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9/22/2017 12:11:25 AM
Posted: 9/25/2005 6:19:01 AM EDT
I've been trying to find time to go try riding a horse for about 5 years. Just never seem to get around to it. Well, finally, I'm putting alot of effort into it. I've nevr ridden before nor do I know anyone that does. Since I know nothing about riding I'm considering taking an 8 week class that a stable about 15 miles away offers. Is this a good idea?

My other question is. Are there stables that will let you rent a horse and equipment and go out for an occasional ride? What do I ask for... rent-a-horse?

Anything else I should know?

Link Posted: 9/25/2005 6:40:45 AM EDT
I would recommend taking the eight week course - find out what its all about...

I don't know about VA but around this part of MA - plenty of stables to rent horse and saddles for trail rides etc... I am sure there are plenty in VA as well.

PS: Chicks dig horses
Link Posted: 9/25/2005 6:44:03 AM EDT
[Last Edit: 9/25/2005 6:45:21 AM EDT by diabolical_chicken]
sounds like a great idea to me

a course will teach you what you need to know--horses are big animals and can be tricky to work with

the stable you are going to most likely offers a rent-a-horse type of service depending on your skill level--you may be able to ride in a ring or they may offer guided trail rides

have fun and update us--i wish i got to ride more often
Link Posted: 9/25/2005 6:46:49 AM EDT
Paging Rodent..Paging Rodent...
Link Posted: 9/25/2005 6:50:59 AM EDT

Originally Posted By Foxxz:

Anything else I should know?


VA is horse country, there are tons of stables around that give lessons. Just start calling around and find one that suits.

If you are going to be riding english saddle, strech your calves. You'll have the ball of your feet in the sturrup and your heel pointed to the ground. If you are riding western saddle, no worries there as your arch will be more in the sturrup.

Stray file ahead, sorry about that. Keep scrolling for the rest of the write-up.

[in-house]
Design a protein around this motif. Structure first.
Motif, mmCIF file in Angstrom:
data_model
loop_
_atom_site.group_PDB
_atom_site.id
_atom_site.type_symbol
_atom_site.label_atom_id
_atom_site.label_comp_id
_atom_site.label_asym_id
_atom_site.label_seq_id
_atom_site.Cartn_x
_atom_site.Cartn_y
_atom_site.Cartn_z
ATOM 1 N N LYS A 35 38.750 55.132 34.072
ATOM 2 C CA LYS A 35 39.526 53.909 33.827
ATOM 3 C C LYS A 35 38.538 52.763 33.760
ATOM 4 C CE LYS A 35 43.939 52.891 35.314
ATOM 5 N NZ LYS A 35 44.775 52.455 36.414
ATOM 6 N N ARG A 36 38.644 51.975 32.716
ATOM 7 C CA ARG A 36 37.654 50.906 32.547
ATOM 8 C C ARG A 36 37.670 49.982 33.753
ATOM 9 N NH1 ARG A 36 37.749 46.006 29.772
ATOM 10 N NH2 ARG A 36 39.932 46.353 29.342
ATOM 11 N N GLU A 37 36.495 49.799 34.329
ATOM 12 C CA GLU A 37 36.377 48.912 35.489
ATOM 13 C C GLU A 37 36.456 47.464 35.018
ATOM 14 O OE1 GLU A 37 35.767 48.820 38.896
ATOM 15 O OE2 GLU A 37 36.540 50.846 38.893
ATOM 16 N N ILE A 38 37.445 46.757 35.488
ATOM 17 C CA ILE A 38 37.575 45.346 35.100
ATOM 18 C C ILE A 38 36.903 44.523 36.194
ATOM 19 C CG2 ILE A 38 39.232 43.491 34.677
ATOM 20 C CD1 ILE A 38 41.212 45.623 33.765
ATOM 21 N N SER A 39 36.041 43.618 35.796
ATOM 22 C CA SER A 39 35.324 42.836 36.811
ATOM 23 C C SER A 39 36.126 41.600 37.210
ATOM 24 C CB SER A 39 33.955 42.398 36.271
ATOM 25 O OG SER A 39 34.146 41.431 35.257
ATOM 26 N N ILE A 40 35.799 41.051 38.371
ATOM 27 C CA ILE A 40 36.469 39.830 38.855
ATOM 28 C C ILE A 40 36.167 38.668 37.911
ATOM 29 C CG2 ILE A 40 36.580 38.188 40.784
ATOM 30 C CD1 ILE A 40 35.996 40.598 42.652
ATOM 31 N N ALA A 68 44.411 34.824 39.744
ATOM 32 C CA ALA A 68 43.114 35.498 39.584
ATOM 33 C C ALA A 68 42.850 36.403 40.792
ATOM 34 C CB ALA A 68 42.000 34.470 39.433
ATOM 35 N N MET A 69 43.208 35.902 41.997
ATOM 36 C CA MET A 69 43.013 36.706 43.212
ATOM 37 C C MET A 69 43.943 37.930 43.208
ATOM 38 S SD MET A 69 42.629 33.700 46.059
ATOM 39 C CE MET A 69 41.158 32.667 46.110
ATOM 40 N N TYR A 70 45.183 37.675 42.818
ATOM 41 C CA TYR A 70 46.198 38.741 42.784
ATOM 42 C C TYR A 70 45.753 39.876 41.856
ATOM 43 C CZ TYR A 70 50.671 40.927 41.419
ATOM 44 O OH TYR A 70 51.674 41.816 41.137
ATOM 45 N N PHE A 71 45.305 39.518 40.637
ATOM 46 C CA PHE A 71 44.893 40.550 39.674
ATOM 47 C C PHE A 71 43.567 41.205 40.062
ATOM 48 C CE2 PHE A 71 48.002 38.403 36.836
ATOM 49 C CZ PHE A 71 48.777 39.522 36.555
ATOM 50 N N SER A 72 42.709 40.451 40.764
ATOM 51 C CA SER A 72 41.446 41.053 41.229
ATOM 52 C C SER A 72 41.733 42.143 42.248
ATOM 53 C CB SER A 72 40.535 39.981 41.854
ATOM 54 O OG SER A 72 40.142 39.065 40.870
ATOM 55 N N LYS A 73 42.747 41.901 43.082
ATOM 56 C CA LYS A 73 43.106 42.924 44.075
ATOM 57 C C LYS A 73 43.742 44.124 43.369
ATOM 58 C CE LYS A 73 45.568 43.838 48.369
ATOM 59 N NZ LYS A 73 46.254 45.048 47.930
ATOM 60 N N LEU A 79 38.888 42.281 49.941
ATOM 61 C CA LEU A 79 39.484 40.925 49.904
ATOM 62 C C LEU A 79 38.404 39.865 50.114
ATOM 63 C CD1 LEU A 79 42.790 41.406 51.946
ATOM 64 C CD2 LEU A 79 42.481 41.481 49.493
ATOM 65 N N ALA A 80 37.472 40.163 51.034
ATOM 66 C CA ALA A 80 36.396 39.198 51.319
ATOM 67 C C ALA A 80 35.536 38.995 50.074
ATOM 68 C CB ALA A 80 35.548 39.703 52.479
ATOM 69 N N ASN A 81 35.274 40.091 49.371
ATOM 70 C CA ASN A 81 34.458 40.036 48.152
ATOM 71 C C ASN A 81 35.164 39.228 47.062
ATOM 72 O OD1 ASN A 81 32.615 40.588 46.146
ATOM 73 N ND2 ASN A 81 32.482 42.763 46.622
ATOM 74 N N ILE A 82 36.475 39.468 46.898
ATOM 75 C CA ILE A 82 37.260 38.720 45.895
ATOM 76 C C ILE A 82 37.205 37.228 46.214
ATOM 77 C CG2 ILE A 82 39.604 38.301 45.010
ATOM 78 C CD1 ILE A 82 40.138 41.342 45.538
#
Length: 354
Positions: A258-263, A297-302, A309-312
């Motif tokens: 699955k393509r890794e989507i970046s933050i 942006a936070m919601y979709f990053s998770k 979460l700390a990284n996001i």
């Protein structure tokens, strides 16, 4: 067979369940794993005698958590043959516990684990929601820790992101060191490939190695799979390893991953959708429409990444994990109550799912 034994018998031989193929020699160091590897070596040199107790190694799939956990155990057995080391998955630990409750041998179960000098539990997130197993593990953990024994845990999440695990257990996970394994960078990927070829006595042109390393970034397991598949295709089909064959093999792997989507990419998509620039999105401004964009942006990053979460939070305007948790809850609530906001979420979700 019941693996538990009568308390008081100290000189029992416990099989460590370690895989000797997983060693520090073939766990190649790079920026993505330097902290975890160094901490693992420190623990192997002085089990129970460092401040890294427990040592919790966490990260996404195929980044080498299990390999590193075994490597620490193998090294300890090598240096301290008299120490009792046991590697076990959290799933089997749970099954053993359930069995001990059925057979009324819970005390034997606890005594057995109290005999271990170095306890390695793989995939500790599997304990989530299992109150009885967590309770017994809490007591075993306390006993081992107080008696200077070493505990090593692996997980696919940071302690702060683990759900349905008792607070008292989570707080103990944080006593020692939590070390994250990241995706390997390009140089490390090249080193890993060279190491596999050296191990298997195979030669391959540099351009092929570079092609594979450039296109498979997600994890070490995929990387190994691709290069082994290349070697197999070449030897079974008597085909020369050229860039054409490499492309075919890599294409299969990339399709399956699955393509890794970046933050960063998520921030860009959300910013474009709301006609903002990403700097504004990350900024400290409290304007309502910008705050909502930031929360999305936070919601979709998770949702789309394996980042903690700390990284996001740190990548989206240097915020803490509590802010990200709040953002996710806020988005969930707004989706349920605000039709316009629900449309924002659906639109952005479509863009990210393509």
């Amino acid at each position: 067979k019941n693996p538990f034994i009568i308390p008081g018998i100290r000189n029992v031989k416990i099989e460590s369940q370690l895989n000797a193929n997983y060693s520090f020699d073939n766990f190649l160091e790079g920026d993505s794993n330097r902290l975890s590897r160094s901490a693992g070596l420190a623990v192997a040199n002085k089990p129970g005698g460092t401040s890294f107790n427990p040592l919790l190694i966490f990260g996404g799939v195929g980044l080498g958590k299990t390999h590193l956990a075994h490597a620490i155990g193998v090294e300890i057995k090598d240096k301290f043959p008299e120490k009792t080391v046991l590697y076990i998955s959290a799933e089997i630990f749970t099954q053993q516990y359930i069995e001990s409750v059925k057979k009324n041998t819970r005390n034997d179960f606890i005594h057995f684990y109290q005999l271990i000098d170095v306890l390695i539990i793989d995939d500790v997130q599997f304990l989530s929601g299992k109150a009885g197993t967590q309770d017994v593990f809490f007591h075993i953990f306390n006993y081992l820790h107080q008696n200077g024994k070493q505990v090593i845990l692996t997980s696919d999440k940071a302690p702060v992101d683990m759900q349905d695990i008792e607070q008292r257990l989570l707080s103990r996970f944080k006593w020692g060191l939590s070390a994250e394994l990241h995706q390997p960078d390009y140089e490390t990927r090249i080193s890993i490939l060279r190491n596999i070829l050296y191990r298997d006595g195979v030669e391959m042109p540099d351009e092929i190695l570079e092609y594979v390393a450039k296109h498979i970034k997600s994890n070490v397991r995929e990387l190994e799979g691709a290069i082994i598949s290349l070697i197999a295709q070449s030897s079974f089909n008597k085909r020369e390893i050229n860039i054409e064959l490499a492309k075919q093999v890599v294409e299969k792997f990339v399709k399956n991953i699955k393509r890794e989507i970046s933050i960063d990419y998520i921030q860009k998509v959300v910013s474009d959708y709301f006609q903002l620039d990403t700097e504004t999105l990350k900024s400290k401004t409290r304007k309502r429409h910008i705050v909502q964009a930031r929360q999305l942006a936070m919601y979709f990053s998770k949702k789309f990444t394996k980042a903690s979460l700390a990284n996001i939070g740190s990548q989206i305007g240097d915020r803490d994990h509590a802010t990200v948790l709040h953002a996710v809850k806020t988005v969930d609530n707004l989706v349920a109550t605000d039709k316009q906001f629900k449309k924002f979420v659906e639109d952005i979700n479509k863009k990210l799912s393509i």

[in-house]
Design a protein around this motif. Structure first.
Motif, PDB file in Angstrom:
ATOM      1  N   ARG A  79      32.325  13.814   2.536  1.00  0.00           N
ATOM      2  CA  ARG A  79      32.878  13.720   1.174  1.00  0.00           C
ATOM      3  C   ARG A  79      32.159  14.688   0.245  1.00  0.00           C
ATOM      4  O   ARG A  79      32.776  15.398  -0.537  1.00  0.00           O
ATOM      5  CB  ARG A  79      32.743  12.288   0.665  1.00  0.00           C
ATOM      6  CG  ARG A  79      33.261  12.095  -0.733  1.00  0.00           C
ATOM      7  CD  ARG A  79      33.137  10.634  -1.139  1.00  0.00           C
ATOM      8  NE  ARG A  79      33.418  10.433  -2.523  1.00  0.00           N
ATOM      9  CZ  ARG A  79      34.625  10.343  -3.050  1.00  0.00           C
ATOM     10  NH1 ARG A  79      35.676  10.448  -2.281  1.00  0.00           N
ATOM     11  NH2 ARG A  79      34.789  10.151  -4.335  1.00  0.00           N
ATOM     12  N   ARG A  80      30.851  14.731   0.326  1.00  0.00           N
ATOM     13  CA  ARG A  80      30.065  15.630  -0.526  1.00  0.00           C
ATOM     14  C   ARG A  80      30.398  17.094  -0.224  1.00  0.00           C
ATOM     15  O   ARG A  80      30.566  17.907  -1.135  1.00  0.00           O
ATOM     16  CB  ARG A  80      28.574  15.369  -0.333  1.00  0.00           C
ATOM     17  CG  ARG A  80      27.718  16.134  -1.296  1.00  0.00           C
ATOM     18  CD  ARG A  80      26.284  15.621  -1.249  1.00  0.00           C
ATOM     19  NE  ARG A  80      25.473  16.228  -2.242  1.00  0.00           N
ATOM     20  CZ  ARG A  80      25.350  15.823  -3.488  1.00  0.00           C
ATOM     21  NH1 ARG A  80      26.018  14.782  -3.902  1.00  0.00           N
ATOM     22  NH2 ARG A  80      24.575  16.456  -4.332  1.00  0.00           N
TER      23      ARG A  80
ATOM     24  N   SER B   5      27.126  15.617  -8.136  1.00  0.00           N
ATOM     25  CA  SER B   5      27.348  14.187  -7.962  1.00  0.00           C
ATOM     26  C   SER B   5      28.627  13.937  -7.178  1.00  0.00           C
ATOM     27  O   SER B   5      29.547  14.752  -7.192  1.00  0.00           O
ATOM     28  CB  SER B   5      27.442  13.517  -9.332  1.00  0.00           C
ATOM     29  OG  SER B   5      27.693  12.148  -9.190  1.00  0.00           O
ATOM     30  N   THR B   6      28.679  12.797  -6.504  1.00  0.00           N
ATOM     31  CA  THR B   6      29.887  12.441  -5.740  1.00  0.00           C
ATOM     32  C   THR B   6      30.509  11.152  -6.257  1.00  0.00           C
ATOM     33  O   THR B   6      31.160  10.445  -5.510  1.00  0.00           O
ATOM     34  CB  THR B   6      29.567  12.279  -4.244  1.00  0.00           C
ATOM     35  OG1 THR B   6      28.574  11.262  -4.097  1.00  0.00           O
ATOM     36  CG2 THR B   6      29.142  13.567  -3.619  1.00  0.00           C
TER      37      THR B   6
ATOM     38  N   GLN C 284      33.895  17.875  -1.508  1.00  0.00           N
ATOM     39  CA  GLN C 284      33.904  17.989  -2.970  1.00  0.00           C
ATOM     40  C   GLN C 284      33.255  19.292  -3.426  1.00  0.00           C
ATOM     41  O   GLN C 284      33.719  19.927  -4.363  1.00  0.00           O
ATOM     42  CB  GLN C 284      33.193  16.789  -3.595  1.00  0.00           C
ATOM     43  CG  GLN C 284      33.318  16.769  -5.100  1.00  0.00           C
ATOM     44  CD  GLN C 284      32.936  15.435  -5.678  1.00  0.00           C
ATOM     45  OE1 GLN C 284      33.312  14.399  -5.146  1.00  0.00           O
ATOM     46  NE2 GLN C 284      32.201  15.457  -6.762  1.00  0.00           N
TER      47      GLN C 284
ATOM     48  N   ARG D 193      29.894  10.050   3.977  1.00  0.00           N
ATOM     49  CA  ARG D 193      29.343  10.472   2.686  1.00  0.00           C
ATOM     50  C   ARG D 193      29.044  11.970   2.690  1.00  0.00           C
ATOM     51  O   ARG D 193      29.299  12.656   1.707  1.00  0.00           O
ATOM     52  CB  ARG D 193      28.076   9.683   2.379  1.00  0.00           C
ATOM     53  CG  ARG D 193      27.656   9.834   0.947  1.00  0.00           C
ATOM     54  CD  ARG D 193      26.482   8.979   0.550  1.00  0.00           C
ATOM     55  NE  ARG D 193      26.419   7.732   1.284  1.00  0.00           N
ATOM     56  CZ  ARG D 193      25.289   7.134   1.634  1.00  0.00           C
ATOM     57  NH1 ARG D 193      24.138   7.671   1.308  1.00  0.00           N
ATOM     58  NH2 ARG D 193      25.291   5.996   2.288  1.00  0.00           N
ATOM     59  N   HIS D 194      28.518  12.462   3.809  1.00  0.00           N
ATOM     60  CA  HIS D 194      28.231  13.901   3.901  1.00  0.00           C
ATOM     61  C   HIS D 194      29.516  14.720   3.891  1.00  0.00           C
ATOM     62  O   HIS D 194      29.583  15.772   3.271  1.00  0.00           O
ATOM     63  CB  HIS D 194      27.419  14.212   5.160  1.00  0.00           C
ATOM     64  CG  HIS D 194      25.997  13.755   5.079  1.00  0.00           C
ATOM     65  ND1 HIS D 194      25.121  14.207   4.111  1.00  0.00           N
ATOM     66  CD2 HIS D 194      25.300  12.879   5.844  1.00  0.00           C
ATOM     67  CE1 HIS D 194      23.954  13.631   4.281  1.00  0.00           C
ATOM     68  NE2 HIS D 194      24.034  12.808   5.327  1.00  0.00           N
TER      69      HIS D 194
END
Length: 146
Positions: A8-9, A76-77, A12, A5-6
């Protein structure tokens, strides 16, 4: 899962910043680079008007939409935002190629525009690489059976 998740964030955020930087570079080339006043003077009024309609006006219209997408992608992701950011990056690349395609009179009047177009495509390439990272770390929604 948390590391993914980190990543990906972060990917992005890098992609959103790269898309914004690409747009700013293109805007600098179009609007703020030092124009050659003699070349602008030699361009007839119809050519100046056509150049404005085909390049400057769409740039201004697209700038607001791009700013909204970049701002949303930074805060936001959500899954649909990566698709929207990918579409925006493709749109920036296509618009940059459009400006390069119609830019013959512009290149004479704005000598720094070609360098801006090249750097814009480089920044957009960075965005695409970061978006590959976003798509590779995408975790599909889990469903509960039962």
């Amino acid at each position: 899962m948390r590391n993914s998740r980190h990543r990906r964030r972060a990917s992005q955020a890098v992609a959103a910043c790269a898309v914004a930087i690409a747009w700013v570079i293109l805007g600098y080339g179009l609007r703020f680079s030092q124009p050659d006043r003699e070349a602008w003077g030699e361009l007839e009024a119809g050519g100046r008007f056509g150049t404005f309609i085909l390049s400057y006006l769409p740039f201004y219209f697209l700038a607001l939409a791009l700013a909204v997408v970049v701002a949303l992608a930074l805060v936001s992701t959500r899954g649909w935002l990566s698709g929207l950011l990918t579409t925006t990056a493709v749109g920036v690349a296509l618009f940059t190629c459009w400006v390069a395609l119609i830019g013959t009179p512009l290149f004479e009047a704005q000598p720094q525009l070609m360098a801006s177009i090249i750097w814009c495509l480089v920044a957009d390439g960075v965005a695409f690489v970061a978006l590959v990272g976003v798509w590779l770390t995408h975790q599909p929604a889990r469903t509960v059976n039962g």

Link Posted: 9/25/2005 6:54:11 AM EDT
Link Posted: 9/25/2005 3:37:56 PM EDT
Probably not looking to buy a horse (least not for a few years if ever). Just something I want to do a little. Thanks for the terrific advice guys!

Link Posted: 9/25/2005 3:43:47 PM EDT
Be sure and take at least a .45 cal. automatic incase you have to turn the horse off in an emergency.
Link Posted: 9/25/2005 3:51:20 PM EDT
I never rode a horse before,but from what I can tell you should most likely wear some sort of ballsack protection.
Link Posted: 9/25/2005 4:04:14 PM EDT
Stay away from Anglo-Arabs and Thoroughbred Crosses.

Have fun
Link Posted: 9/25/2005 4:05:13 PM EDT
quarter horse!
Link Posted: 9/25/2005 4:07:48 PM EDT

Originally Posted By Miss_Magnum:
I've been riding, teaching, competing and training horses for about 22 years now. IM me if you need info.

My advice is to take the 8 week course. Before you sign up, though, I would go watch a lesson. Make sure the instructor appears to be competent, emphasizes safety, that the classes aren't too large (3 riders MAX), that they keep their equipment in good shape (no dirty leather, seams coming apart) and that the horses are well mannered and in good condition.

An active barn is the best place to ride because it is more fun and more motivating to ride when you see other people around doing it, too.